Today we’re continuing to look at the organization of the King’s household during the Renaissance. If you’re looking for the strictly codified world of Versailles, you’re at least a century too early. The royal household of the Renaissance was scandalously known to be overly-familiar. In fact, many foreign diplomats wrote home, sneering at how accessible
All of France is choosing sides: Catholic verses Protestant, Valois verses Boubon. Which side will prevail? As Duchesse de Guise, Catherine is caught in the middle. Rumors swirl that the King plans to assassinate her husband, but is there anything that Catherine can do to stop the oncoming storm? Read an excerpt from Catherine’s story,
The King of France required several people to help run his household. By the 15th century, the French King was struggling to keep up with the Ducs of Burgundy, but by the time Francis I took the French throne, the King’s household started to balloon to reflect the growing prestige of the French crown. By
I’m headed cross-country to Hawaii today. Should be back just before Christmas Eve. If you don’t see me after then, I’m trapped in the Newark airport.
Portraits assumed to be of Renee de Rieux. Marie, Princesse de Conde was not the first woman to inspire a fit of passion in Henry III. Before the two met, Henri had an affair with Renee de Rieux, who would go on to become infamous at his court. Renee’s father left a successful career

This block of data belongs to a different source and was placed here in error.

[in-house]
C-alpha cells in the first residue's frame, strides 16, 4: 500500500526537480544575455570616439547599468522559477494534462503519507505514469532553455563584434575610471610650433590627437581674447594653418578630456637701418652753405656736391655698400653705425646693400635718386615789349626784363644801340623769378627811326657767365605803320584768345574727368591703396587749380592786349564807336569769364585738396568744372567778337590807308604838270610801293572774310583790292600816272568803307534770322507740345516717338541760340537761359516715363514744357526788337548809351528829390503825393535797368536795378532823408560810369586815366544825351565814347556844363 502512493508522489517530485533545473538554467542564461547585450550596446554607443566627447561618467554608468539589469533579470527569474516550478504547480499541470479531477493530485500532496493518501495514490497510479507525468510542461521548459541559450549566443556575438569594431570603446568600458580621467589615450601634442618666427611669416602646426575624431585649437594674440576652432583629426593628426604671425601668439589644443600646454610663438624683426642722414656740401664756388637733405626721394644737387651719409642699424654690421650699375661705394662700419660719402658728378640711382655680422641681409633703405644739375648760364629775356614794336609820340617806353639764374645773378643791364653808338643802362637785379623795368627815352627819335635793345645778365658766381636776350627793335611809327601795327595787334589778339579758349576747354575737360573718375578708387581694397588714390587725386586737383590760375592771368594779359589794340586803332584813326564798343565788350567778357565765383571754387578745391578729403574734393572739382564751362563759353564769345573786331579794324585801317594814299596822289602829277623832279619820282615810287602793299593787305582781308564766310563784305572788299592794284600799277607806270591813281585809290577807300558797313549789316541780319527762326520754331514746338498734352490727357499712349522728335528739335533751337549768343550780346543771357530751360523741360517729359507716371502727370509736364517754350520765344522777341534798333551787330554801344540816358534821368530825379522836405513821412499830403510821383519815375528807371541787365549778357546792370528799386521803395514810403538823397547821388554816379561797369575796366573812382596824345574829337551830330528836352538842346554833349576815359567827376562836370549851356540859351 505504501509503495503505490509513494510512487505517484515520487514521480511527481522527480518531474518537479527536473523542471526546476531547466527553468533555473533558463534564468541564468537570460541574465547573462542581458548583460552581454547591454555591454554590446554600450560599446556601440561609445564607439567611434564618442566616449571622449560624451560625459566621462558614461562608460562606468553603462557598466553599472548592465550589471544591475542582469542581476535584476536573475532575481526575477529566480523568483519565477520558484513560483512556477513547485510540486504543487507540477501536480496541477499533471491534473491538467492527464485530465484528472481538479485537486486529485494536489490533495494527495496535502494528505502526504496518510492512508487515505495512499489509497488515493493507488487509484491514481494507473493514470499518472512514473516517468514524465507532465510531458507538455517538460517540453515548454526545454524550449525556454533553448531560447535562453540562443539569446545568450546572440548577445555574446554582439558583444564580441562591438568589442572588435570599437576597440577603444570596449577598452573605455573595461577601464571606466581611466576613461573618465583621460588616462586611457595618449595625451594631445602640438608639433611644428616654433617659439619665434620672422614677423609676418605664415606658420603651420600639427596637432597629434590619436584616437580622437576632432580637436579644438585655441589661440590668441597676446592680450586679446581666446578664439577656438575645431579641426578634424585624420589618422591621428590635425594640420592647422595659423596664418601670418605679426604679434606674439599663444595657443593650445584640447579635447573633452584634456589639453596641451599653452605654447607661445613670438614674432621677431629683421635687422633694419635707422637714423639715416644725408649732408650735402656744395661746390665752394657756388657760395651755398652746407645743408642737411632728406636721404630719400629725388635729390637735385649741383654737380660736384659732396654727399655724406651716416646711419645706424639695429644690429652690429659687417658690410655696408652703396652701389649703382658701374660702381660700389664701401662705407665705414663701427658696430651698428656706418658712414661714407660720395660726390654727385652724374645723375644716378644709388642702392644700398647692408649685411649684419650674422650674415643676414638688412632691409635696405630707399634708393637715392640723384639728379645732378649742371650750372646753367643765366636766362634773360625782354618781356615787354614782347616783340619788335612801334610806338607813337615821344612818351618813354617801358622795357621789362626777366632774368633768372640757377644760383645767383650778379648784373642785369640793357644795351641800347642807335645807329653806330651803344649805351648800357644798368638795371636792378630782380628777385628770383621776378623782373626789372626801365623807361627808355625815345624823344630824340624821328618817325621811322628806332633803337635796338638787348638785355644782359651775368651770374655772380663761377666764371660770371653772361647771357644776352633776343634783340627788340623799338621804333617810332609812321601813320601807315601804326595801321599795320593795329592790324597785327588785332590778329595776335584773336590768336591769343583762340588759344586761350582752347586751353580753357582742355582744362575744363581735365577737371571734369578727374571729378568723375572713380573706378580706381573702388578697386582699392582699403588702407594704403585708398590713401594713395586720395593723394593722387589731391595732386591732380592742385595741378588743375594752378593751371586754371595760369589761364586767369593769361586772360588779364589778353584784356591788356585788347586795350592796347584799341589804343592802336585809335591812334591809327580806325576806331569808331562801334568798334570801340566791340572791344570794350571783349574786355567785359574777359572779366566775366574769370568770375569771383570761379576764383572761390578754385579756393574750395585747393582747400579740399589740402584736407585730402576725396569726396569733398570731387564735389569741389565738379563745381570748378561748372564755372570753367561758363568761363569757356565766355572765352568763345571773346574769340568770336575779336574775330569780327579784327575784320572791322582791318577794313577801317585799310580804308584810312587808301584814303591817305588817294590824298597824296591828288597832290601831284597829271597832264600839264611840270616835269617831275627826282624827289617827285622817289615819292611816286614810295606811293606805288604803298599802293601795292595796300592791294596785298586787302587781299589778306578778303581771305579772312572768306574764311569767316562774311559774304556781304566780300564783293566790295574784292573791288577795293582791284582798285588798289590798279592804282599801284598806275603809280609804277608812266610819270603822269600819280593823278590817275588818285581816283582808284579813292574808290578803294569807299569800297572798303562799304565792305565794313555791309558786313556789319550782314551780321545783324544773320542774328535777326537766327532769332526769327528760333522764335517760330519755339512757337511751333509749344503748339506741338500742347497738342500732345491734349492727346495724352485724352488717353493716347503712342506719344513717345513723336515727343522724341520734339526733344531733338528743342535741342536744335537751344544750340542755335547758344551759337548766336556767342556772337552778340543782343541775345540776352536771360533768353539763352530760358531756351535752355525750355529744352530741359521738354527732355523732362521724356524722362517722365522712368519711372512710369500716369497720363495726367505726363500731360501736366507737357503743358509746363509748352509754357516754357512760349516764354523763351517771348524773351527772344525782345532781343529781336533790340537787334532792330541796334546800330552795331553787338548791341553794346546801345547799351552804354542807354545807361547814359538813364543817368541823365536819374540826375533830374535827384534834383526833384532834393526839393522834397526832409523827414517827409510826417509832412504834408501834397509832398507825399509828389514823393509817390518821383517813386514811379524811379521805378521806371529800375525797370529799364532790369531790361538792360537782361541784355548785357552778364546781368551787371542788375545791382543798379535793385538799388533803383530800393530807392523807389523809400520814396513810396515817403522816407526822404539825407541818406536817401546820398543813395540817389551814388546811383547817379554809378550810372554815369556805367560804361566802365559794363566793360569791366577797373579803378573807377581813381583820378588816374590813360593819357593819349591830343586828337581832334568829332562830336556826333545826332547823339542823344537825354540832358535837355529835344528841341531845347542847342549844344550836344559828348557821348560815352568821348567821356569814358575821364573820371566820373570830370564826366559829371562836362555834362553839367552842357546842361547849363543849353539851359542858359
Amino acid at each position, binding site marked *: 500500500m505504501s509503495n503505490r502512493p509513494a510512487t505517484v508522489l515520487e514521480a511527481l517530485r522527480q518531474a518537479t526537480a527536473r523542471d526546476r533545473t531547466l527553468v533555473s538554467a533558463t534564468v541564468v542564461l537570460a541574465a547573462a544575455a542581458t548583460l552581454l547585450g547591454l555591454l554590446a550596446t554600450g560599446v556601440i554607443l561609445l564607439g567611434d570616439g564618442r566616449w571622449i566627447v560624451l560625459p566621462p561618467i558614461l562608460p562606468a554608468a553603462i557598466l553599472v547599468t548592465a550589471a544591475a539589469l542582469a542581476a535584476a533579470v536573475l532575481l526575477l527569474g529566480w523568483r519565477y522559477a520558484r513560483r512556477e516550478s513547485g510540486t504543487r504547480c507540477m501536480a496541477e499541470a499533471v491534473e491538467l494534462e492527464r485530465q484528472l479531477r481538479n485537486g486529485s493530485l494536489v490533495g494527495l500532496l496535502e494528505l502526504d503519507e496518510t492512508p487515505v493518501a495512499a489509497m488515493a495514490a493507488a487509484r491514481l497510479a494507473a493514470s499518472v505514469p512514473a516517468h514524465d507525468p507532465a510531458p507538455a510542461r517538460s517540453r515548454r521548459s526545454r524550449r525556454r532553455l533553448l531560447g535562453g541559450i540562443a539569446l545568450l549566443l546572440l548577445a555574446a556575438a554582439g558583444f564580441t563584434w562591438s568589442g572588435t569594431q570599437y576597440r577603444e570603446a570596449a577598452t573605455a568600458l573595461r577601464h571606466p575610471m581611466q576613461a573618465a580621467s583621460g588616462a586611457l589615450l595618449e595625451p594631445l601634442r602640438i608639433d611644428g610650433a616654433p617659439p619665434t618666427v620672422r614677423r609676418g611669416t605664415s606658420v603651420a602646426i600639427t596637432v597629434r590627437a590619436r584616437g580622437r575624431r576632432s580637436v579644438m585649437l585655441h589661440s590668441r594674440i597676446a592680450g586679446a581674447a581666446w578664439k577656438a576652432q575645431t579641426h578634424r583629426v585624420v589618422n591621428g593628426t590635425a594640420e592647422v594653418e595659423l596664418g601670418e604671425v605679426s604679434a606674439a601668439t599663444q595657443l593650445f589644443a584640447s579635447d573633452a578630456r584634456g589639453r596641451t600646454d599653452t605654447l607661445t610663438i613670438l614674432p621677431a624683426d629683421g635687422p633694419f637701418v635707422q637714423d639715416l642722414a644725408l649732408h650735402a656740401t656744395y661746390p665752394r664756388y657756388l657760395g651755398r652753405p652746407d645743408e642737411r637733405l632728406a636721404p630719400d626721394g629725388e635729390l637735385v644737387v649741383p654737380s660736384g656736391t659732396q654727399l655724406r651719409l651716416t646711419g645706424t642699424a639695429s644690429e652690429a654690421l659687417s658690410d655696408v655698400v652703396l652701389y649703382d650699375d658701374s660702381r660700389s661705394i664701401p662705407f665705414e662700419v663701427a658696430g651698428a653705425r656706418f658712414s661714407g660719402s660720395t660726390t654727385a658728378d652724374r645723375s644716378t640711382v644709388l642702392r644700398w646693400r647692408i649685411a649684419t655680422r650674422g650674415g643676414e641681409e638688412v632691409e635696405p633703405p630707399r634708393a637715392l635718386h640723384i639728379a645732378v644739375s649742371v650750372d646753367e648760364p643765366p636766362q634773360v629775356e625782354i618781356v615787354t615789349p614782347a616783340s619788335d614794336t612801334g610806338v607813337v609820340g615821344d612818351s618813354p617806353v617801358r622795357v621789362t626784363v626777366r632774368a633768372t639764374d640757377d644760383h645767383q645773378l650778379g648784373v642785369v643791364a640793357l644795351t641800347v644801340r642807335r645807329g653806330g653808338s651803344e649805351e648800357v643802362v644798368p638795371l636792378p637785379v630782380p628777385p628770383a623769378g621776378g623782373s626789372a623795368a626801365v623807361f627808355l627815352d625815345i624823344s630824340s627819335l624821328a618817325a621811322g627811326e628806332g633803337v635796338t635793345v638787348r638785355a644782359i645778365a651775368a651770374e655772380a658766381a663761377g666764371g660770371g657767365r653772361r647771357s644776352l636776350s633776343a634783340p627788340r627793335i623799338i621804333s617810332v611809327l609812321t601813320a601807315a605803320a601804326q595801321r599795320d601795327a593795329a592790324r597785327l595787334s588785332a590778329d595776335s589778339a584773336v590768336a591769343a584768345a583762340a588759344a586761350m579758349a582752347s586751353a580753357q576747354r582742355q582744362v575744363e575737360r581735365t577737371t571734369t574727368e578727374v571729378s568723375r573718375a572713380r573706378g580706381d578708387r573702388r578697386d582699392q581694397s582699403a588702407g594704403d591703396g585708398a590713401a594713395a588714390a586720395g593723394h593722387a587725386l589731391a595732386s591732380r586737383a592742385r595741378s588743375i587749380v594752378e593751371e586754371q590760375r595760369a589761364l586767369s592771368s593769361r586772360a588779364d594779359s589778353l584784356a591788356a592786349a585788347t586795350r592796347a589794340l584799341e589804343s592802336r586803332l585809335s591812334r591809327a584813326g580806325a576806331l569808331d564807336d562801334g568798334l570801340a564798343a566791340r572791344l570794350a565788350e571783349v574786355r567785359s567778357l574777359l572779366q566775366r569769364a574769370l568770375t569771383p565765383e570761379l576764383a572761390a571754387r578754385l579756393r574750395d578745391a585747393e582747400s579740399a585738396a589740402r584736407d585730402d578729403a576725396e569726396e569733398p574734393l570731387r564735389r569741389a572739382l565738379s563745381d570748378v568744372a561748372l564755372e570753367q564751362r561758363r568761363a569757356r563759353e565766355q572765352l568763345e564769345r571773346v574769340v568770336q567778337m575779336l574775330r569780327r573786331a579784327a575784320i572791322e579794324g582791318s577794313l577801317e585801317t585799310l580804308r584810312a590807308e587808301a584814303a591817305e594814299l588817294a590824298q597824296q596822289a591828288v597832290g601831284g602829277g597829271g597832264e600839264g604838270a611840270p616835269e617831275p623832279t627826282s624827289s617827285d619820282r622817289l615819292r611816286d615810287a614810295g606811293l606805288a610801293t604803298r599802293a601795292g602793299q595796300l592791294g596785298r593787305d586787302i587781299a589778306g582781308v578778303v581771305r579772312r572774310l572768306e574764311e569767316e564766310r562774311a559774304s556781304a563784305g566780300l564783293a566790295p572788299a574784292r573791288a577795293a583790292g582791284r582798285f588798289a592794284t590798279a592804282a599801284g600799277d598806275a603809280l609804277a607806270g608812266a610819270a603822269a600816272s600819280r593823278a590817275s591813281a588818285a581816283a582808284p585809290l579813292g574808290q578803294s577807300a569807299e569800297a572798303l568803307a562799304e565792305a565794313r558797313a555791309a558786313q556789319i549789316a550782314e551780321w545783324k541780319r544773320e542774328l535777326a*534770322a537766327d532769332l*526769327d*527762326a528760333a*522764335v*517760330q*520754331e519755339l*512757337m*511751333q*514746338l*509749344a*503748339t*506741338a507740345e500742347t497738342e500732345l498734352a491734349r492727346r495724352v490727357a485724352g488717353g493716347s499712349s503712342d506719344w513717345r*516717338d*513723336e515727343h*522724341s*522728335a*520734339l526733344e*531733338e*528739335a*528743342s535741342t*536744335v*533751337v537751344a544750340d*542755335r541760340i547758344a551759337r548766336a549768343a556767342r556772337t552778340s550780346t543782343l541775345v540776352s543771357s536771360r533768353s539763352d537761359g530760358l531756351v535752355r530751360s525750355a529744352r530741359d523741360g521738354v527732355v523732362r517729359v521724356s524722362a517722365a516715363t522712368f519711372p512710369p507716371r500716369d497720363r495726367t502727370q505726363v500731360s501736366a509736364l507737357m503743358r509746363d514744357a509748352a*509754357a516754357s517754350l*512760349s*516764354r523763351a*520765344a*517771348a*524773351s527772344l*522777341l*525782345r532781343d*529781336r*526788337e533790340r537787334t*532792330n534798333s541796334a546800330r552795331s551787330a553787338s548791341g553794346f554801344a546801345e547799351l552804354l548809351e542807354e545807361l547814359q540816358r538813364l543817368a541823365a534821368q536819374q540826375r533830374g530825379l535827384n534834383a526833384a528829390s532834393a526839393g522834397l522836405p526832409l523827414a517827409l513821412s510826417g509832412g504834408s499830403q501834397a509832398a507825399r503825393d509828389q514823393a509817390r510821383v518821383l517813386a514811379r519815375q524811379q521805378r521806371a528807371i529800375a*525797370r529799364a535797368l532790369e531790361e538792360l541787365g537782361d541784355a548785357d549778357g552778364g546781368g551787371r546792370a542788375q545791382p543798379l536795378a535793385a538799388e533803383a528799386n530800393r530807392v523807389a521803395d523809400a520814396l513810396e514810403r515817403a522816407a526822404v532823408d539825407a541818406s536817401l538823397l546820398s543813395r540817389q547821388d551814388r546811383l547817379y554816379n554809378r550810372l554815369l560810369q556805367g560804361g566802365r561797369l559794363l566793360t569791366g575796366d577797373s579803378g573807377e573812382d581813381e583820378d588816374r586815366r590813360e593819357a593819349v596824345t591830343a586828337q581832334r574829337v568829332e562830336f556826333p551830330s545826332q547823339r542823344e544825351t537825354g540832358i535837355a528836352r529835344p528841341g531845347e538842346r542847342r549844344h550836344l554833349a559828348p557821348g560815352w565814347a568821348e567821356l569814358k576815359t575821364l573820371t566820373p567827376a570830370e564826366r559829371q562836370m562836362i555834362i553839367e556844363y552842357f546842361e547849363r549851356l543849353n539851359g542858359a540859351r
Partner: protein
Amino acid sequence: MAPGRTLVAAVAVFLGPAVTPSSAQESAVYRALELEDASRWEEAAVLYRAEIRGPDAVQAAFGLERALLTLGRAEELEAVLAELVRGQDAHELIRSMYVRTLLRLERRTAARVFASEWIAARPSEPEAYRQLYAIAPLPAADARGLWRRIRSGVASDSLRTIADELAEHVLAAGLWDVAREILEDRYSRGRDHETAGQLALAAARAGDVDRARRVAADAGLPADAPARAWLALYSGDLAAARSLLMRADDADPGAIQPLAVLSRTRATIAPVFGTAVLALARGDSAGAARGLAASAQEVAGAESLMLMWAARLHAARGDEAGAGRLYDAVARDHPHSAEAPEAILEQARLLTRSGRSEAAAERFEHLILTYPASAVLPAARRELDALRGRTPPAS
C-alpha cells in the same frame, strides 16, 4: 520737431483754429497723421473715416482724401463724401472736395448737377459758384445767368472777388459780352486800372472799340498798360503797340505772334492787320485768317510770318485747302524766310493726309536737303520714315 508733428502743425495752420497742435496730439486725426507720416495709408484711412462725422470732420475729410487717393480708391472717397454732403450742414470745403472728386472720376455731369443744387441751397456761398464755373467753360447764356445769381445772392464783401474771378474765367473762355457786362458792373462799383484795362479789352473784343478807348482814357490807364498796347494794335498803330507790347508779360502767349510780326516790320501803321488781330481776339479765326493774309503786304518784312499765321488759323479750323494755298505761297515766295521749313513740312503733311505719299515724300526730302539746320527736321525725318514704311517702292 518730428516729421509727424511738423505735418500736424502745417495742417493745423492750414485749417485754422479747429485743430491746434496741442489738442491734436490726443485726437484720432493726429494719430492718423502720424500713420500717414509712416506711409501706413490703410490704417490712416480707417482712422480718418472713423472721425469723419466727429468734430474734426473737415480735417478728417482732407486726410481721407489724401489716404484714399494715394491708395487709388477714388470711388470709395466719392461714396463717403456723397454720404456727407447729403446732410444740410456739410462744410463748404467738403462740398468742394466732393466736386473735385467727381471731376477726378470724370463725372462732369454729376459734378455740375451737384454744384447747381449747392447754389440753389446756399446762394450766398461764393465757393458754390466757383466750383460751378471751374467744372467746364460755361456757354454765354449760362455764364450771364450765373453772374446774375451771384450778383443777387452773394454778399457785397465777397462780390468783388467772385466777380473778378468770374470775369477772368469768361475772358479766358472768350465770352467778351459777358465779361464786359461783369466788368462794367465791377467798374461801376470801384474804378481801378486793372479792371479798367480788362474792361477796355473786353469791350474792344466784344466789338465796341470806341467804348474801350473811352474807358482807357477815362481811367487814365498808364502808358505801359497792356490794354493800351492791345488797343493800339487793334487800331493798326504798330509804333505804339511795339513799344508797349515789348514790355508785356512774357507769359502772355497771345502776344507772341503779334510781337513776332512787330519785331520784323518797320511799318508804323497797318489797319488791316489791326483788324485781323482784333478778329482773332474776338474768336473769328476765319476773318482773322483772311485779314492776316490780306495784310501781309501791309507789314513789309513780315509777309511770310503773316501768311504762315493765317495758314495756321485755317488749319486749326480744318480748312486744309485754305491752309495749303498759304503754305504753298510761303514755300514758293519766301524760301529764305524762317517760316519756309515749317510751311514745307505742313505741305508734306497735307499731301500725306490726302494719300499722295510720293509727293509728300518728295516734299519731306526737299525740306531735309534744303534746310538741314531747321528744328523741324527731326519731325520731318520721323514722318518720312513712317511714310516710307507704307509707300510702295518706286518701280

The hardest part of writing about the court of the 16th century is the simple fact that it was not the court of the 17th and 18th centuries. When we think of French court, images of what things were like at Versailles come to mind. When the Valois were on the throne, things were different.
Unless you’re a newcomer to historical fiction, you know that one of the mainstays of court intrigue is the system of obtaining allies through marriage or even more torturous forms of allying with other nobles. It took several centuries before France developed a system of civil service or even a standing army to do the
It’s tempting to imagine court life in France as what it was like at Versailles. Louis XIV created Versailles as a new model of court life, one that was very different from that of a courtier during Renaissance France. Court life was always expensive, no matter what the century. Nobles had vast estates to run,
Chateaux didn’t magically appear during the French Renaissance, but judging from the numbers of them still in existence across France, you would be forgiven for assuming that they did. They did, however, start to change their basic appearance during the 15th century and took on a decidedly foreign flair. During the Middle Ages, the typical
A short life and a romance to boot. For such a short life (sorry, spoilers!), Marie of Cleves had more adventure than most women of the 16th century. Marie’s life peaked my interest from the first when I read her Wikipedia article. When I read that she and her husband were given the choice to